A clinical review of such studies was carried out to demonstrate basil’s therapeutic potential. The review found reports of the following properties to be legitimate; antimicrobial; anti-diabetic; anti-inflammatory; antioxidant; anti-platelet and anti-thrombotic. Additionally, a distilled water-based leaf extract of basil also showed strong antispasmodic activity – largely due to the action of eugenol (5).
Basil also has anti-insecticidal properties. Immunomodulatory properties are also suggested – with one study indicating that basil has a cellular level of immunomodulatory activity including platelet anti-aggregant properties and inhibitory activity to counter HIV-1 reverse transcriptase (5).
Finally, an g in vivo study is included which demonstrates some neuroprotective activity of basil extract in rats. The study showed that basil reduced neuroinflammation in rats with induced cerebral MS-like manifestations. Basil combined with ursolic acid significantly reduced the cognitive deficit parameters for mitochondria-dependent apoptosis (a direct pathway for neuronal death in neurodegenerative diseases) (6).
Animal studies are not condoned by Herbal Reality, however for the purpose of including research from which some understanding of therapeutic actions can be confirmed and due to the lack of available human studies, animal studies have been taken into account.
Did you know?
Basil has several name derivations and beliefs associated with it. The common name basil may be derived from the Greek words basileus meaning ‘king’ or basilikon meaning ‘royal’. Because of its popularity, basil is sometimes referred to as the ‘king of the herbs’.
A Latin word, basiliscus, refers to ‘basilisk’ a mythical fire-breathing dragon who could kill with just a glance. According to Roman legend, basil is the antidote to the venom of the basilisk. The botanical name Ocimum is derived from the Greek meaning “to be fragrant”.
Basil is a tender herbaceous plant. Its leaves grow on opposite sides of square stems. The leaves are rounded, slightly cupped, and curve to form a point at the tip. The leaves are generally light green, although some varieties have reddish or purplish leaves. They can grow to between 30.5 to 125cm high, depending on variety and conditions.
The flowers are small, usually white in colour and arranged along a spike that grows from the tip of the stem. After pollination, the flower falls off and four round, dry structures called achenes develop, each one containing a seed. The seeds are small, dark, and edible.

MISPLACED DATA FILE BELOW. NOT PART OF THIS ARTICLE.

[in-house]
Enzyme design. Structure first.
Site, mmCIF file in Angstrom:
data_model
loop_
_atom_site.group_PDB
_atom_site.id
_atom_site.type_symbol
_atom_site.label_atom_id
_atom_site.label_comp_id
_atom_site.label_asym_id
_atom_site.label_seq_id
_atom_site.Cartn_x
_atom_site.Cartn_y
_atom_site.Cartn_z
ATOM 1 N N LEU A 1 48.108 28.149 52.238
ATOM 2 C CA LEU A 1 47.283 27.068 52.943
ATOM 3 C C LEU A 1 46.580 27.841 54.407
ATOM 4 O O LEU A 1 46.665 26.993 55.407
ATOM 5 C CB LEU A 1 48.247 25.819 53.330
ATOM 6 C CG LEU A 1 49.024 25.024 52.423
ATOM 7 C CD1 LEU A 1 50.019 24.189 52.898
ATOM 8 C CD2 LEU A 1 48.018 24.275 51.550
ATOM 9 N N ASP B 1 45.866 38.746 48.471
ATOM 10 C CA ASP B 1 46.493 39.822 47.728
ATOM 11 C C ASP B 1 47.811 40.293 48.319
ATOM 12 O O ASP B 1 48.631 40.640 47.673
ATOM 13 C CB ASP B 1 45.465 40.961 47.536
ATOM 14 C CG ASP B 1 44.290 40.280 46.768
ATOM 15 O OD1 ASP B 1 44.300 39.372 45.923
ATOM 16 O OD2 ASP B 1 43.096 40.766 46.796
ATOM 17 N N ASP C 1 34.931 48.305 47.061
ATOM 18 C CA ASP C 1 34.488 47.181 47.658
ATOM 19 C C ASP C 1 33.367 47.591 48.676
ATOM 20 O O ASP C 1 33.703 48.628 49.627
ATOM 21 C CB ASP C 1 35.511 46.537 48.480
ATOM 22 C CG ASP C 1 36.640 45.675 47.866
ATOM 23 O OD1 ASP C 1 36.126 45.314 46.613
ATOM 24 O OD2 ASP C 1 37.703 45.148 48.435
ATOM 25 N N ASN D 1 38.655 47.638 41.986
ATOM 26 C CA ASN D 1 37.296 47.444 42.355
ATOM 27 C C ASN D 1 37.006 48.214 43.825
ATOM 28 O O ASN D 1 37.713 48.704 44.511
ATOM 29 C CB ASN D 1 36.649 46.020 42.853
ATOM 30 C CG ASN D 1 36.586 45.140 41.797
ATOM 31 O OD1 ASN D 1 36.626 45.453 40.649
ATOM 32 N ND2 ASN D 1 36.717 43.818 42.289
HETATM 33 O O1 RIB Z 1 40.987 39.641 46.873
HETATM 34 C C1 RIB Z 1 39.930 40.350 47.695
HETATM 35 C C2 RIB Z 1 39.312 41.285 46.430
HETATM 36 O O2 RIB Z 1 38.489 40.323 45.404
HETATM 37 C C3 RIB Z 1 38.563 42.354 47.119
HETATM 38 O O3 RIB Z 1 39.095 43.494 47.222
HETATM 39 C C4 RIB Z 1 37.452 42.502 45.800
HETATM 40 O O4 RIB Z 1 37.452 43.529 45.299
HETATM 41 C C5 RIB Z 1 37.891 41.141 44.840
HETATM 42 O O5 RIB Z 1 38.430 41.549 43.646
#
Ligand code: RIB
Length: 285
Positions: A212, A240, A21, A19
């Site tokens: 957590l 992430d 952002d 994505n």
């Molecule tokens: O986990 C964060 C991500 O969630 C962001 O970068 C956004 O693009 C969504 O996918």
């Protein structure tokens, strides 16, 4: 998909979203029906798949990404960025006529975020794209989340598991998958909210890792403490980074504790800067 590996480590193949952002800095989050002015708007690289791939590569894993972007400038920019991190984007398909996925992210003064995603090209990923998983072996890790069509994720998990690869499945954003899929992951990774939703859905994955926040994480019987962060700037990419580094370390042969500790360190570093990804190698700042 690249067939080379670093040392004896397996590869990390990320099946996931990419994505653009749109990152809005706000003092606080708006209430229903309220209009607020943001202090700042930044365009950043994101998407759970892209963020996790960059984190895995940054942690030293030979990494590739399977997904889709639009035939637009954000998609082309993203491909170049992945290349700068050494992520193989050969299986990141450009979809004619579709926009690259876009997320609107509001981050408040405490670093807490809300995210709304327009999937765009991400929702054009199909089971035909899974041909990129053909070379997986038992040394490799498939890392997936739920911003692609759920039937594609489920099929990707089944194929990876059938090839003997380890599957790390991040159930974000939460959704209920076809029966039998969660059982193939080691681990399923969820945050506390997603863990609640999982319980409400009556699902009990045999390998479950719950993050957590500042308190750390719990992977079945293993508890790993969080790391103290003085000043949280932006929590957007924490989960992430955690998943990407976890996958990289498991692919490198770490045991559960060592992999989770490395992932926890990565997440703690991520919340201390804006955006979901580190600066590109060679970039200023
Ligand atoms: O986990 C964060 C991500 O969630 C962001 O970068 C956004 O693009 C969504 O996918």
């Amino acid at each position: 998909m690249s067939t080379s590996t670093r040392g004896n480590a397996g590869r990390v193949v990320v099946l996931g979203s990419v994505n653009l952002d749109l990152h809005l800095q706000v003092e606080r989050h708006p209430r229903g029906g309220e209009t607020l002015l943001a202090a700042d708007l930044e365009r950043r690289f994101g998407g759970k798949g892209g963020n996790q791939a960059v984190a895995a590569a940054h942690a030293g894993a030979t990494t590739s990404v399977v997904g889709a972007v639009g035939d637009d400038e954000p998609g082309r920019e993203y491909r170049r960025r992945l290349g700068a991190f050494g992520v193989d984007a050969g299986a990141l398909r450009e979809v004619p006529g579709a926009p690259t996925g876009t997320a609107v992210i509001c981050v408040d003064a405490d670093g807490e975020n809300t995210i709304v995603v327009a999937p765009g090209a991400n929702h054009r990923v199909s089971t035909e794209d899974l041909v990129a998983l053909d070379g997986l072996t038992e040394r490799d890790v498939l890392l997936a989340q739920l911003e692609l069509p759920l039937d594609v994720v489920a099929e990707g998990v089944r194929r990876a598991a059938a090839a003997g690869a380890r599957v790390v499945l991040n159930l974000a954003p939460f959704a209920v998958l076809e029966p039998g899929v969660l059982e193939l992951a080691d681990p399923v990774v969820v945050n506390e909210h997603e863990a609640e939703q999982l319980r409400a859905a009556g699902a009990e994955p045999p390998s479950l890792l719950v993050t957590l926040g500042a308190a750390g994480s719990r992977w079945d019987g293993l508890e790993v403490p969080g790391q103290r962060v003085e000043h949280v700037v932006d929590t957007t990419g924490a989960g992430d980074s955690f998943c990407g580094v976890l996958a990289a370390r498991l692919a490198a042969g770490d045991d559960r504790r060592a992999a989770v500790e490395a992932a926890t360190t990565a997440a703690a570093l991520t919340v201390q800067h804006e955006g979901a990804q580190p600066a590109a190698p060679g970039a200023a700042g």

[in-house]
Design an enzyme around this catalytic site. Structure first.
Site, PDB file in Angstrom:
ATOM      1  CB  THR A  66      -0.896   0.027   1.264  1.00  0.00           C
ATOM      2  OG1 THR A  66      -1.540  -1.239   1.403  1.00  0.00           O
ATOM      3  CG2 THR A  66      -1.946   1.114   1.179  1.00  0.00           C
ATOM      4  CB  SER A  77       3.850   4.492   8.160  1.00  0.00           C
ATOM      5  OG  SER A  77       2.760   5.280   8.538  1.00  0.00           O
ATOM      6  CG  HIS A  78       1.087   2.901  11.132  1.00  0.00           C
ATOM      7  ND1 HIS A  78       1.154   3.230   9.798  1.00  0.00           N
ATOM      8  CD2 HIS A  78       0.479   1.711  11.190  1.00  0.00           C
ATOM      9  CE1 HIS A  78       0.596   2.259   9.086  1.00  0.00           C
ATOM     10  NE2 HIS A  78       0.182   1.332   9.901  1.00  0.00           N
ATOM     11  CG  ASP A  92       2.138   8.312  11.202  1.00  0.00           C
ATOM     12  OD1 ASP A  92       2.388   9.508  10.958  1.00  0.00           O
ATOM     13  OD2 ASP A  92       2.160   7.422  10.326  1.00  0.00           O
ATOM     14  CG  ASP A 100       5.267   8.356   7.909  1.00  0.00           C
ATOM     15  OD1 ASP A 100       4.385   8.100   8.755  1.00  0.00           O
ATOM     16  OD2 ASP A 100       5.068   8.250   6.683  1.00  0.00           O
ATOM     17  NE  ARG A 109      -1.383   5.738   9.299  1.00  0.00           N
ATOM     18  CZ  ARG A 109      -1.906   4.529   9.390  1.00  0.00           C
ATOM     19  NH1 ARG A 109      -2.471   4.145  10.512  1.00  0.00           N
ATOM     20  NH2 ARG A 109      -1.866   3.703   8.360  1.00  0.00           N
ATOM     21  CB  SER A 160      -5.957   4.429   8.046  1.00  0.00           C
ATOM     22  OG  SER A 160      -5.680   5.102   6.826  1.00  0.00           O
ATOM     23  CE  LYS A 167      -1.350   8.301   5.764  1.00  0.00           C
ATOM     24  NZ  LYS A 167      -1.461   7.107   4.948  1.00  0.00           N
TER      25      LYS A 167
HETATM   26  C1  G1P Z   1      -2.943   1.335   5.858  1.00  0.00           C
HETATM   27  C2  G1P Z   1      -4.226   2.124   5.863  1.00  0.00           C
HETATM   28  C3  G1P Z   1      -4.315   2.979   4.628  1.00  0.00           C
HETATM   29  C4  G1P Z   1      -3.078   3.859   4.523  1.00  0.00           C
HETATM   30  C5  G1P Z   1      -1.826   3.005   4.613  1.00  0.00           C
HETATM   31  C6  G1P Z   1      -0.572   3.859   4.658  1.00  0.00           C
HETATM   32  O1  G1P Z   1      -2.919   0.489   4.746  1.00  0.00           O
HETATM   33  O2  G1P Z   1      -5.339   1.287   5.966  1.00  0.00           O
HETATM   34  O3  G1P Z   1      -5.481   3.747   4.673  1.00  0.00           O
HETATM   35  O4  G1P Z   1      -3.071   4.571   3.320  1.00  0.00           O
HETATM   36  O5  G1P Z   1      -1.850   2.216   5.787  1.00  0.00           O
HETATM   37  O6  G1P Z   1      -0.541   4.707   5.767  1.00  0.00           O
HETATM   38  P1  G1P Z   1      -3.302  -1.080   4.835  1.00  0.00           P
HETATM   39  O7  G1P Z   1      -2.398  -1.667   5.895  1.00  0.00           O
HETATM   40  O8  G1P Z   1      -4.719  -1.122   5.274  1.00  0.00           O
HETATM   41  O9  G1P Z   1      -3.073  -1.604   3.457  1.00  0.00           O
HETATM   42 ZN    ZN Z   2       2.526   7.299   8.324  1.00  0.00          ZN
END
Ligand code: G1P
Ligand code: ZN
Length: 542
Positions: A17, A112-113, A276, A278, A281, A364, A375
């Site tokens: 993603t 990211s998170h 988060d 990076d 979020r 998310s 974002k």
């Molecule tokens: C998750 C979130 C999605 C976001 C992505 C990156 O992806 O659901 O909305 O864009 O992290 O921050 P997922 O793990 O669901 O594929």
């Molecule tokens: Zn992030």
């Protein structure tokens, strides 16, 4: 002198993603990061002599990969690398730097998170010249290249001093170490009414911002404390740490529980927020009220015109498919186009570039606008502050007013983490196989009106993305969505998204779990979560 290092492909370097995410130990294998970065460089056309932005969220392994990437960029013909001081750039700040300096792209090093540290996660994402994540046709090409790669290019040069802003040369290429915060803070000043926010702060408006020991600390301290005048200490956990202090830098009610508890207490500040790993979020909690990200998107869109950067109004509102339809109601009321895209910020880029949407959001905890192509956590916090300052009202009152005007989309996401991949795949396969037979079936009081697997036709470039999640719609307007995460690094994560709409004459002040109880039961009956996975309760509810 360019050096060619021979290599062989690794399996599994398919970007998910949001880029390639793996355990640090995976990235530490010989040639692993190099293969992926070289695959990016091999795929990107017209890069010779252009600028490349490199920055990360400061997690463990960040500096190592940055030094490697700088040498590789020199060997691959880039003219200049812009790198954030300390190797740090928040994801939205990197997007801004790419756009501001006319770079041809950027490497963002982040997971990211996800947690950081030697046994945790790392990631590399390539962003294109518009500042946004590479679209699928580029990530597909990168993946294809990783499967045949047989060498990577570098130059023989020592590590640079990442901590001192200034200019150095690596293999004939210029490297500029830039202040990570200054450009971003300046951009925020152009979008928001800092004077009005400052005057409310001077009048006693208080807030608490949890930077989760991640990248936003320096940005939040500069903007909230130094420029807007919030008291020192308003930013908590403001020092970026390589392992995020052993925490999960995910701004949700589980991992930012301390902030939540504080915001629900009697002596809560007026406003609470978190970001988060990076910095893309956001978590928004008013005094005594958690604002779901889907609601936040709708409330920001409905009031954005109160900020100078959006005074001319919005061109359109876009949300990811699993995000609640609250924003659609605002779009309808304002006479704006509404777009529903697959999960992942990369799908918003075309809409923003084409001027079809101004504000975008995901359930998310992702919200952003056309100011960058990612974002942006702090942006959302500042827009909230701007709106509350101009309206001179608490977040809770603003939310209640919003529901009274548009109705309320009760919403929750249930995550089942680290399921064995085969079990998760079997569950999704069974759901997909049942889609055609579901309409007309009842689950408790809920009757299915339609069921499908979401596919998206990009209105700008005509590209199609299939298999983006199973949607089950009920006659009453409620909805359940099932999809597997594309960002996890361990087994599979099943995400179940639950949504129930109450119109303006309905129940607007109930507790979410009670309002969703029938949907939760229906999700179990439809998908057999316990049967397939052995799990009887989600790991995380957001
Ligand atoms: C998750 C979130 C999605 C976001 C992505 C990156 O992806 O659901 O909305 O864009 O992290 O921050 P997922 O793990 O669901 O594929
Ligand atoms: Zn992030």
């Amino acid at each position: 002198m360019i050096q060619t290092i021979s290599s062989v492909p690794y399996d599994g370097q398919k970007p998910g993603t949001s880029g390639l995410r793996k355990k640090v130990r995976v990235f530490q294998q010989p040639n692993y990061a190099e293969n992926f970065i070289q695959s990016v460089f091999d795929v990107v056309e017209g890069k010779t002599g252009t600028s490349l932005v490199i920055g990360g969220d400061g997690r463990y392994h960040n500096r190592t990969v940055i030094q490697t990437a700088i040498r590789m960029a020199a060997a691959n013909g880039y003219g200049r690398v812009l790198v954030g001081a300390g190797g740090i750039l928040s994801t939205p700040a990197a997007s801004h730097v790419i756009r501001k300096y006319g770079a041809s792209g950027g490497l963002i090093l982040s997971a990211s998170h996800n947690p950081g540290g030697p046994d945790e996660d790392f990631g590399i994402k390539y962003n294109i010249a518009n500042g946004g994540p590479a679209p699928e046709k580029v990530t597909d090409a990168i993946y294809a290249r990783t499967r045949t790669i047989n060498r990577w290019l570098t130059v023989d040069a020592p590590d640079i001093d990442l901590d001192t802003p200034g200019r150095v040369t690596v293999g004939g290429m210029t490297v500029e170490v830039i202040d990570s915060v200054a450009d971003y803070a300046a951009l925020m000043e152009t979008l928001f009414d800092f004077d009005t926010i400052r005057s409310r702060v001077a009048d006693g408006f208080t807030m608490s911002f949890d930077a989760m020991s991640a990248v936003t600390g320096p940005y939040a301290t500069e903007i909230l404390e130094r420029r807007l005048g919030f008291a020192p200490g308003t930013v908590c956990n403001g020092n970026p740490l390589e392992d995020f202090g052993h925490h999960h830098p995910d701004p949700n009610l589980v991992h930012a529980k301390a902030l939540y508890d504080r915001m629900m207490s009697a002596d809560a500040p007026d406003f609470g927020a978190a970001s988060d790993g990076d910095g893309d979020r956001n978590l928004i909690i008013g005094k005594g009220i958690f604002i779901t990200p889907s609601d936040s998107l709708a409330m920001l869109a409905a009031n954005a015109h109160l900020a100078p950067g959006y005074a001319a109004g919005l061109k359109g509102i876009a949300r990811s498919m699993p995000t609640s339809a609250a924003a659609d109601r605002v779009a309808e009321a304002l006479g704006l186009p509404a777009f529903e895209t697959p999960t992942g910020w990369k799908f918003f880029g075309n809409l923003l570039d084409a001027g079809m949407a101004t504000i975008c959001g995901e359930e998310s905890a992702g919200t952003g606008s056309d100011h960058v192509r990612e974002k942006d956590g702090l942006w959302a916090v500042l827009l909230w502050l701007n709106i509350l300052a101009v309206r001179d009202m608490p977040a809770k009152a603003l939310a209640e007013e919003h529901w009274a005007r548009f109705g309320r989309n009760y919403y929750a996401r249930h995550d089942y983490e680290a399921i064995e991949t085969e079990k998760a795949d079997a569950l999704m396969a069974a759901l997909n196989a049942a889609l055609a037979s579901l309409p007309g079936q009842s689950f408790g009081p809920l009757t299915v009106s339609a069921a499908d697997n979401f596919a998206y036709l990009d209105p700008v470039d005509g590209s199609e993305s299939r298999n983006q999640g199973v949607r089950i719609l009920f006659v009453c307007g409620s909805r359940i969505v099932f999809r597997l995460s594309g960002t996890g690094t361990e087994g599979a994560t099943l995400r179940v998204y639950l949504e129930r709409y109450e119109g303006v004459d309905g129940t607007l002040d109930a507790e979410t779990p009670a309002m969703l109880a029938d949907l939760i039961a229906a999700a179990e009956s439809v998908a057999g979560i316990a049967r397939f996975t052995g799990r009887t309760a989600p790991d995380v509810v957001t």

- Common basil
- Sweet basil
- King of the herbs
Basil is not recommended for use in medicinal doses during pregnancy. It is considered to be safe for use during breastfeeding (3).
- Fresh herb
- Dried herb
- Tincture (1:3 in 45%): Take 4ml in a little water up to twice a day (3).
- Infusion: To make a tea place 3 grams of dried material in one cup of boiling water infuse for between 10 – 15 minutes. This should be drunk hot twice a day.
Plant parts used
- Volatile oil – α-Pinene, β-Pinene, Methyl chavicol, 1,8 cineole, Linalool, Ocimene, Borneol, Geraneol, B-Caryphyllone, n-Cinnamate, eugenol, chavicol and terpenoids.
- Phenolic acids and flavonol-glycosides
- Fatty acid composition – stearic acid, oleic acid, palmitic acid, linoleic acid, myristic acid, α-Linolenic acid, carpic acid, lauric acid and arachidonic acid (2).
- Antioxidant compounds of basil are caffeic, vanillic and rosmarinic acids, quercetin, rutin, apigenin, chlorogenic and p-hydroxybenzoic acid (2).
It is native to tropical regions of Central Africa to Southeast Asia (India, Pakistan, Iran and Thailand). It can be found growing wild in tropical and subtropical regions.
Basil is not currently included in the IUCN Red List of Threatened Species database.
Habitat loss and over-harvesting from the wild are two of the biggest threats faced by medicinal plant species. There are an increasing number of well-known herbal medicines at risk of extinction. We must therefore ensure that we source our medicines with sustainability in mind.
The herb supplement industry is growing at a rapid rate and until recent years a vast majority of medicinal plant produce in global trade was of unknown origin. There are some very real and urgent issues surrounding sustainability in the herb industry. These include environmental factors that affect the medicinal viability of herbs, the safety of the habitats that they are taken from, as well as the welfare of workers in the trade.
The botanical supply chain efforts for improved visibility (transparency and traceability) into verifiably sustainable production sites around the world are now certified through the emergence of credible international voluntary sustainability standards (VSS).